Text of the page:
Seasons of Motherhood
Aboard a dogsled, a mother-daughter relationship comes full circle
I wipe my nose with the back of my glove. It’s below zero at dusk in Ely, Minnesota. My mom and our fellow novice dogsledders are cheerily pouring steaming water and kibble into our dogs’ bowls. She croons, “Good girl, Prairie, that’s a good dog. … ”
But I can’t find my Kleenex.
I always seem to misplace my Chapstick, or lose my keys, when I’m around my mother. Even though I’m 40, my child-mind assumes she’ll take care of me. After all, she’s my mom.
I sniff again. “Hey, Mom, got any Kleenex?” She waddles toward me, encased in cold-weather clothing, and fishes a tissue out of her fanny pack. I throw back the hood of my parka and wipe my nose. “Thanks.” I feel a little sheepish, needing her like this. But she’s smiling. Well, I can see only a one-inch strip of her bundled face, but I assume she’s smiling because her eyes crinkle up.
I came from Berkeley, my mom from Southern California, for a mother-daughter dogsledding adventure. I expected a jingling sleigh, a Dr. Zhivago landscape, and lots of bonding with my mom. But I also knew I’d fall into a familiar pattern: she’s the mom, and I’m the child. I have the runny nose; she provides the Kleenex.
That night I dream I’m a little girl again, wrapped in my favorite red-hooded coat, holding my mom’s hand on the way to kindergarten. I’m awakened by her soft snoring, and I creep out of bed. I curl next to the potbelly stove in the lodge, and watch the darkness shift to dawn.
After breakfast, my mom and I ride together, balanced on narrow sled runners. The morning sky is the pale blue of baby clothes, crisscrossed with pastel pink bands. My mom can’t brake the sled on her own, so when we head down a hill, I use all my leg power to slow us. The trail is bumpy in spots, so I position myself behind her, my arms anchored so she can’t fall. When the dogs nip at each other, I run ahead to distract them. “On by, Copper. Hike, hike, hike!”
The sun makes the landscape glisten as the dogs gallop through powder that comes nearly to their collars. It’s completely quiet except for the shuuushing sound of the sled. I reach one arm out to give her a squeeze, feeling completely blessed to be on a dogsled with my 64-year-old mother. “My teeth are freezing I’m smiling so hard,” she says.
At the bottom of a small rise, the snow spreads out, virgin and flawless as a new tub of Cool Whip. “Mom, check out that snow,” I whisper.
“Oh, man.” She grins.
“Easy, dogs, easy!” I stomp on the brake. She steps off, spreads her arms, and shuts her eyes. She falls backward with a puff, then spreads her arms and legs, making a snow angel.A black mitten pokes above the snowline. “Heeelllp,” she says, giggling. I pull her out; she’s covered in powder. We’re still laughing when we take off again on our sled.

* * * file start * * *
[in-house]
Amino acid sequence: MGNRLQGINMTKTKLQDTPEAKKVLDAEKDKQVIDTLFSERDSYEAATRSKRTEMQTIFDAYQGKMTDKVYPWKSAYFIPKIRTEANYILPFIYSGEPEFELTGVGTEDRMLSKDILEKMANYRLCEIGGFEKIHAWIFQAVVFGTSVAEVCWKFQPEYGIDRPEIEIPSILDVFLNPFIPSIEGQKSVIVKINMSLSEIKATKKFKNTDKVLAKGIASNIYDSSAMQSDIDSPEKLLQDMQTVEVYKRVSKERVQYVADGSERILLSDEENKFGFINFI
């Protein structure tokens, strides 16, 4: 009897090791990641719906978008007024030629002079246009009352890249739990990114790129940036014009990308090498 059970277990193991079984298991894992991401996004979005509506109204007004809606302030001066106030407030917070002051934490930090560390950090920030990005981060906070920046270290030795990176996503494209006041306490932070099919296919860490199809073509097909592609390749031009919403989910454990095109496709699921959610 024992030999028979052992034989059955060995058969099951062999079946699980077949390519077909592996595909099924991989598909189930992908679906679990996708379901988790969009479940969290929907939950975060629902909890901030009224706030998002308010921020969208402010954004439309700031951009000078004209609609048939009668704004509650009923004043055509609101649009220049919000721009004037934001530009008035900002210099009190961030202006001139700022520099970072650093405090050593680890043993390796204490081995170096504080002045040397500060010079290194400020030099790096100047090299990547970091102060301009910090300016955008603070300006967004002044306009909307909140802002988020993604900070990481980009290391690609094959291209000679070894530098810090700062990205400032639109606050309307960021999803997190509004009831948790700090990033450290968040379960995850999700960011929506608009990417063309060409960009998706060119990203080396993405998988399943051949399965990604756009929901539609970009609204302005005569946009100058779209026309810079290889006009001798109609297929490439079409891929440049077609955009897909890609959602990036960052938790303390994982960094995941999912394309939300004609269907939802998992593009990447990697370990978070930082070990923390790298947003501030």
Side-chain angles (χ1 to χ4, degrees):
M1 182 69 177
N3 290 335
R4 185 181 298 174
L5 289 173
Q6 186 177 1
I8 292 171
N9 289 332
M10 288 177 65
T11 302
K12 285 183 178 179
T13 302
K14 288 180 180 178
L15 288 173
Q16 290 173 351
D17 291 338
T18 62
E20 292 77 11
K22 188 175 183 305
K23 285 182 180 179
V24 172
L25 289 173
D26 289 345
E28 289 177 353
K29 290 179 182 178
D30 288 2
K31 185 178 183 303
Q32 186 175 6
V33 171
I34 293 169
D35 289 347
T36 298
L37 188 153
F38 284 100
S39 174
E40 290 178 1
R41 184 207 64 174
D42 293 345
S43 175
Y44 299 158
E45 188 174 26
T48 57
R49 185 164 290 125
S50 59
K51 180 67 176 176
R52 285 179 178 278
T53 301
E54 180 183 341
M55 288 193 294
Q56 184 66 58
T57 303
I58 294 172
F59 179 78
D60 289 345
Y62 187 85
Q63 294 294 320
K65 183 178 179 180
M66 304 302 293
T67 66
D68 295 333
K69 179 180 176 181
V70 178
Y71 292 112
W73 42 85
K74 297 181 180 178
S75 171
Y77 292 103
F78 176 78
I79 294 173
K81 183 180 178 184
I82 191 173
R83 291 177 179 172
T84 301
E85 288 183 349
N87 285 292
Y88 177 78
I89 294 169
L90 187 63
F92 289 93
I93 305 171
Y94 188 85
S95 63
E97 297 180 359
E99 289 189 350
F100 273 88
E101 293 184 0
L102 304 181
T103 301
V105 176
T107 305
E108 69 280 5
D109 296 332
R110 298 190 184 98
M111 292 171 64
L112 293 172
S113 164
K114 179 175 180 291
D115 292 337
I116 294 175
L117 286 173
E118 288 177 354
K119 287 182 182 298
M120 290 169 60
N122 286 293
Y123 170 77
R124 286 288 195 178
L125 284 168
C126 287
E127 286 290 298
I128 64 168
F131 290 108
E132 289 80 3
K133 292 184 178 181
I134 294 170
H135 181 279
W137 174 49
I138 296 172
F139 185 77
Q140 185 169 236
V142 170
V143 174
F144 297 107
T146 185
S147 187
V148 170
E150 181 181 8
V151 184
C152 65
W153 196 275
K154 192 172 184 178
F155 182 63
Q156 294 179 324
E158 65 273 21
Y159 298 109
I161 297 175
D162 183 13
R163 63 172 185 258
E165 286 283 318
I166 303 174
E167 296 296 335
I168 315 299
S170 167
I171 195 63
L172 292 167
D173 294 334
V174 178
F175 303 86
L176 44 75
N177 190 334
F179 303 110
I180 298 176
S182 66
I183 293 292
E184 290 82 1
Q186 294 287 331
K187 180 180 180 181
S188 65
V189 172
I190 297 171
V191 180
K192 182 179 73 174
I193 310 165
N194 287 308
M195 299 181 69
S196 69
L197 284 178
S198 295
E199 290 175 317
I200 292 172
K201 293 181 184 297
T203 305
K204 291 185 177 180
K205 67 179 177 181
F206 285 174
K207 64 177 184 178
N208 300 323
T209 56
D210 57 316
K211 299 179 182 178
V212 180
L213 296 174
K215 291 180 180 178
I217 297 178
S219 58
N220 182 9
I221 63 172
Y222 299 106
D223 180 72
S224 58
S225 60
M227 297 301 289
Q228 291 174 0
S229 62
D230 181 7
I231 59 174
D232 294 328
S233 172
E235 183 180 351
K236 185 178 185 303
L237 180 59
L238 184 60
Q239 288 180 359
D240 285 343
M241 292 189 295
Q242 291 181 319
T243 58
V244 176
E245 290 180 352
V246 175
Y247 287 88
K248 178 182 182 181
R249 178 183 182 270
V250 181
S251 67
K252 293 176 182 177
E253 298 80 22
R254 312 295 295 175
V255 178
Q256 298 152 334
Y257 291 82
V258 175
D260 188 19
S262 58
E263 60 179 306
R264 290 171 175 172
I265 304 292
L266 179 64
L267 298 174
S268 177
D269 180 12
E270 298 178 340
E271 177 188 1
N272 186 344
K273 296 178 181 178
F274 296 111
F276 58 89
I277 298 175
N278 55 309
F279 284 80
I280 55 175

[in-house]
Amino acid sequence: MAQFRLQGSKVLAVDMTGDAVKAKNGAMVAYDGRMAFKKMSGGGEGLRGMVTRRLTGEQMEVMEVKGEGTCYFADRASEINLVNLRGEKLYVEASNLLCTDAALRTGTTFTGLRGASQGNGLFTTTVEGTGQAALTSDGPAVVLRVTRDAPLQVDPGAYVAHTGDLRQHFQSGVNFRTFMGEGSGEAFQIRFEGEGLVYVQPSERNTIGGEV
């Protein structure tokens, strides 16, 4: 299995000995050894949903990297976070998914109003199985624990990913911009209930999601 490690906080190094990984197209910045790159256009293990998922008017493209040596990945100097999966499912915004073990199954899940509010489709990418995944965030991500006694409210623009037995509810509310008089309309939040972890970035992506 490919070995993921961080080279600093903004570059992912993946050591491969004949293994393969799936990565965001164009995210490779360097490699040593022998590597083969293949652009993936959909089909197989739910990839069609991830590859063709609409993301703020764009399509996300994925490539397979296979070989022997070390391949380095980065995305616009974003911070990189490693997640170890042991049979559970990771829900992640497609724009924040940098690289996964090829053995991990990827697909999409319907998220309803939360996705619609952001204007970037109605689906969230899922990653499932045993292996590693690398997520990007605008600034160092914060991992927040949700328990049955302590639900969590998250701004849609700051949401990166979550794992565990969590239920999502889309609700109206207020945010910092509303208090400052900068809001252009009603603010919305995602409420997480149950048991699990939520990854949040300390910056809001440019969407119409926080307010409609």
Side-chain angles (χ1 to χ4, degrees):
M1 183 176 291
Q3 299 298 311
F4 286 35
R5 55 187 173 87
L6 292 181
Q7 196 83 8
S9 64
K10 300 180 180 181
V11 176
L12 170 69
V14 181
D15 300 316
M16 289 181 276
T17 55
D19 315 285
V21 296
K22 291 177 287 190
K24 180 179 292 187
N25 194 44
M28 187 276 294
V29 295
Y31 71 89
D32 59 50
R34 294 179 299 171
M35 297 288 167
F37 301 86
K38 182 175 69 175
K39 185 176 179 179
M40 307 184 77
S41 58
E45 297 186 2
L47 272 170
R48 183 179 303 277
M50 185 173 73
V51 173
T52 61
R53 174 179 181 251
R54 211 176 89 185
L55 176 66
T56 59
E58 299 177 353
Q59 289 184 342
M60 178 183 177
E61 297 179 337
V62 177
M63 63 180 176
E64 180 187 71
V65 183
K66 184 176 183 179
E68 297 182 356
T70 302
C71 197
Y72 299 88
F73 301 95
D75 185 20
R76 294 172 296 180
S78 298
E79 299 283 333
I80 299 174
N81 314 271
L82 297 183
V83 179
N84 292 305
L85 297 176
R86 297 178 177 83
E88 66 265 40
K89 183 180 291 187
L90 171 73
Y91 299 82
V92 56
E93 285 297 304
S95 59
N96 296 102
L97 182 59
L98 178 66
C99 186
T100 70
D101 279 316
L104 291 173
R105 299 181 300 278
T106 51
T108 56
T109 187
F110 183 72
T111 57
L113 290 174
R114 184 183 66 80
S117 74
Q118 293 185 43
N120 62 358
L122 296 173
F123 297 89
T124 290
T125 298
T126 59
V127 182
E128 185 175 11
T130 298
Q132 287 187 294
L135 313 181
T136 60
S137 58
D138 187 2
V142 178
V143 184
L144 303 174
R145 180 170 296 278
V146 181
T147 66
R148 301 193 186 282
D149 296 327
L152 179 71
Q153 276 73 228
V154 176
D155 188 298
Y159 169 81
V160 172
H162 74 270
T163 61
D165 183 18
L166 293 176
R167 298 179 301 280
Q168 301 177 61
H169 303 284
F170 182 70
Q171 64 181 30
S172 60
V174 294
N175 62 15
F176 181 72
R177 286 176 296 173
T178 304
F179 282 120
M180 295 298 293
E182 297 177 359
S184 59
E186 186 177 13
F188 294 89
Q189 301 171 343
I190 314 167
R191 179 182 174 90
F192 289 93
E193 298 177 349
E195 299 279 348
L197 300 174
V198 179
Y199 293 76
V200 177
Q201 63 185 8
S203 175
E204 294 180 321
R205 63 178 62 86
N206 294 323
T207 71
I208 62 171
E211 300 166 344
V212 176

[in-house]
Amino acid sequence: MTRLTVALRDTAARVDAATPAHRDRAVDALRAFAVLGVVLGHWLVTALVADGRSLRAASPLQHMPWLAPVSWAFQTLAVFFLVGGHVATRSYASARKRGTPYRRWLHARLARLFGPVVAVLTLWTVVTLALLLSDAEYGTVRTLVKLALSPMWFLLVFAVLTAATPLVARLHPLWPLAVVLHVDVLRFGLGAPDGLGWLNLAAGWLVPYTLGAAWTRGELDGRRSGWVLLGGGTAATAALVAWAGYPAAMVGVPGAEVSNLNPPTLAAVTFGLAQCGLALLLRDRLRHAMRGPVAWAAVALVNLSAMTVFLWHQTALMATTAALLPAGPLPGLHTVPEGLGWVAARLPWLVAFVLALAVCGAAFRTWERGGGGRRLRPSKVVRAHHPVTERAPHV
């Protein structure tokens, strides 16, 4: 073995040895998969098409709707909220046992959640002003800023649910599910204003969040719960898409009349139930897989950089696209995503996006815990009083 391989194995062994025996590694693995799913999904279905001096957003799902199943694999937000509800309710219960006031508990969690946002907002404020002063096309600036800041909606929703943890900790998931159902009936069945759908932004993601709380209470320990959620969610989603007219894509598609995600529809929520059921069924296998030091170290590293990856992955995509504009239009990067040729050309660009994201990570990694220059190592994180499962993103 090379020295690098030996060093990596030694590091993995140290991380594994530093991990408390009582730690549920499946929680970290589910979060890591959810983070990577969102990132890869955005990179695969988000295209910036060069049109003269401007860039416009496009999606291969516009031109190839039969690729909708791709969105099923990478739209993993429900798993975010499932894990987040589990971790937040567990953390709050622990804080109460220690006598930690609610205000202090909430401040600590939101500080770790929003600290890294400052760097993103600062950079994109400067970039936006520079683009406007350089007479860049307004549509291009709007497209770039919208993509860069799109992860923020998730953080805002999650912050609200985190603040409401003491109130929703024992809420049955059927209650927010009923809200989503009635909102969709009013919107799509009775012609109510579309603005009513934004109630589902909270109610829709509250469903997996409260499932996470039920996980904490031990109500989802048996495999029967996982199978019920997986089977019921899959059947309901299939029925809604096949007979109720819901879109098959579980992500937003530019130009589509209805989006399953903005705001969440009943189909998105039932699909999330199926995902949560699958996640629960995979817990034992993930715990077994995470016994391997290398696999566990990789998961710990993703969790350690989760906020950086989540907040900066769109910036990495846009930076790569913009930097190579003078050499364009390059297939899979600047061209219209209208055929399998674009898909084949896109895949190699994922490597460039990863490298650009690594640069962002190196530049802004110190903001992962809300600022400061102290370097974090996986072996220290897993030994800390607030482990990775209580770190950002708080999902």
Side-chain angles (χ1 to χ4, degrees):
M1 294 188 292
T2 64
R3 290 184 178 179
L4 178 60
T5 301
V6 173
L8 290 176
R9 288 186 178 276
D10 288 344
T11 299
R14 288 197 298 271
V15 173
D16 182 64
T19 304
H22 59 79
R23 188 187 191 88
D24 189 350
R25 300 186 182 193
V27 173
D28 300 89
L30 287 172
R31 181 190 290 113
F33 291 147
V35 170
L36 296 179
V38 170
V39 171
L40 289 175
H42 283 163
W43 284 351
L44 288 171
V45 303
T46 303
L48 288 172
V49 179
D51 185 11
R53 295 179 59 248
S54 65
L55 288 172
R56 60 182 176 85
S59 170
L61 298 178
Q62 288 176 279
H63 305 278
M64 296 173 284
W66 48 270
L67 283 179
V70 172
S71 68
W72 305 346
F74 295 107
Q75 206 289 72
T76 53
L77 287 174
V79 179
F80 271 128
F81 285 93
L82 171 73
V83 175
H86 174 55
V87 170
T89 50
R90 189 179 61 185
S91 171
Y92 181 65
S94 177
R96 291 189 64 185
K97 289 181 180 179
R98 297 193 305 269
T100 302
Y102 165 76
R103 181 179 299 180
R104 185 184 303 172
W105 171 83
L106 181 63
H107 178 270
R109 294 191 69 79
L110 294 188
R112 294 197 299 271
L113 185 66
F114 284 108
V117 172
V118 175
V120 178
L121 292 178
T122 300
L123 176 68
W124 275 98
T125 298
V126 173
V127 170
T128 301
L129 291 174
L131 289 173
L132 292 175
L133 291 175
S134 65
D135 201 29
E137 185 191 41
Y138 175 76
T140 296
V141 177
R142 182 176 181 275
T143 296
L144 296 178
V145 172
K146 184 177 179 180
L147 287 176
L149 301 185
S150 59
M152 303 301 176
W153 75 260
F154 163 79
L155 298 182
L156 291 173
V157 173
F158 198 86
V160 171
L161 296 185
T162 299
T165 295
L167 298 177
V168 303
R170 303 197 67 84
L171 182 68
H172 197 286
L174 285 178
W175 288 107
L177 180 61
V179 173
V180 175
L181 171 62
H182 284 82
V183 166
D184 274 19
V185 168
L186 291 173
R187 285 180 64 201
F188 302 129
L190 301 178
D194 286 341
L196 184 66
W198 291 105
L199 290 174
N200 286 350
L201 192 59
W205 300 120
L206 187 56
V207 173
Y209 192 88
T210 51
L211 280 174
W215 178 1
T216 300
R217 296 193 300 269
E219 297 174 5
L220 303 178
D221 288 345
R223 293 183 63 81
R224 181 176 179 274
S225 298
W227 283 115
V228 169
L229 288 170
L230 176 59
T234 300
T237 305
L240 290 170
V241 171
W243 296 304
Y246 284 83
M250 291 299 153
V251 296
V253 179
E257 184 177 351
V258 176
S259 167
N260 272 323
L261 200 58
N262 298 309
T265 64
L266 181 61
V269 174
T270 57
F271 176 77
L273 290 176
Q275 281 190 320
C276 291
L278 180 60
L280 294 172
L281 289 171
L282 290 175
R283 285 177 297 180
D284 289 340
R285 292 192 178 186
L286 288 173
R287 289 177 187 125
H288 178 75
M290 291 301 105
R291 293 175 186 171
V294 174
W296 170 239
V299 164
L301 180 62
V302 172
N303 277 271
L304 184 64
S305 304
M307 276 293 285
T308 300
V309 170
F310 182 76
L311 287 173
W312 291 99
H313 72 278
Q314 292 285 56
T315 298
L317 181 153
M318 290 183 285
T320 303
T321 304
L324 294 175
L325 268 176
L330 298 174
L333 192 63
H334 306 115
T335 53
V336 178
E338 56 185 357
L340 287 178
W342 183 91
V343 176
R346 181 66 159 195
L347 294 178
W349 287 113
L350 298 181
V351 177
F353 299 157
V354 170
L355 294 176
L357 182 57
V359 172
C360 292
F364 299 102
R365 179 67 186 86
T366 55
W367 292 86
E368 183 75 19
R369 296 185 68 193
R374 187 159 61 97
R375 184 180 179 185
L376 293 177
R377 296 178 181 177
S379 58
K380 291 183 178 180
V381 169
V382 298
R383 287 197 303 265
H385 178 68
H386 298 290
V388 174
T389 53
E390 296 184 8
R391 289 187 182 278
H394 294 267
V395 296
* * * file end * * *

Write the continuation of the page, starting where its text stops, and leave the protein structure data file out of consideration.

The next day, we leave the dogs behind and hike with our guide to a snow cave. I make a stirrup with my hands to boost my mom up. Inside, my flashlight beam illuminates thick, transparent cascades of ice.
We inch along on a narrow ridge, clunky in our heavy snow boots. She has become very quiet. “You OK, Mom?” Her hood nods. The ledge narrows, and when we have to step across a dark, icy chasm, she stops cold.
“Shit,” she mutters, pressing her back against the ice-covered granite. My mind freezes for a moment. My mom is scared.
I take a deep breath, and exhale a cloud of steam. “Mom, it’s alright. You can do it.” It’s what she’s said to me so many times over the years.
I yank off my glove with my teeth, jam my fingers into a tiny crack and step across the crevasse. I brace myself, then grab her forearm. “I’ve got you, Mom.” I feel the weight of her, and hold my arm strong and steady as she steps across the blackness below.
When we make it into the sun, our guide lifts my mom down. I leap into a downy snowbank. “We did it!” I say, smacking my naked palm against her gloved hand in a triumphant high five.
We hike back across White Iron Lake. The world looks like a giant wedding cake, all sparkly white frosting. We wade through the thigh-high snow, and I hear her panting. “Let’s rest, Mom.” I put my arm around her narrow frame.
I walk slowly, hanging back so that she will not be last. The trail bends east, and the low winter sun is at our backs. I stop in my tracks when I see our shadows. Because I am behind her, my bluish form is small, coming only to her hip.
For a bittersweet moment, in shadow, I am a child again.
I breathe deeply and march on through the snow, the clear, icy air stinging my eyes.
That evening, our guide thumps my mom on the back. “You did great,” he says, over steaming bowls of chili. “Amazing, really.”
My mother smiles, her face glowing. She sniffles from the spicy soup.
“You rock, Mom,” I say, and hand her a tissue.
Berkeley writer Suzanne LaFetra went dogsledding at the Wintergreen Lodge in Ely, Minnesota. For information call (800) 584-9425 or go to www.dogsledding.com.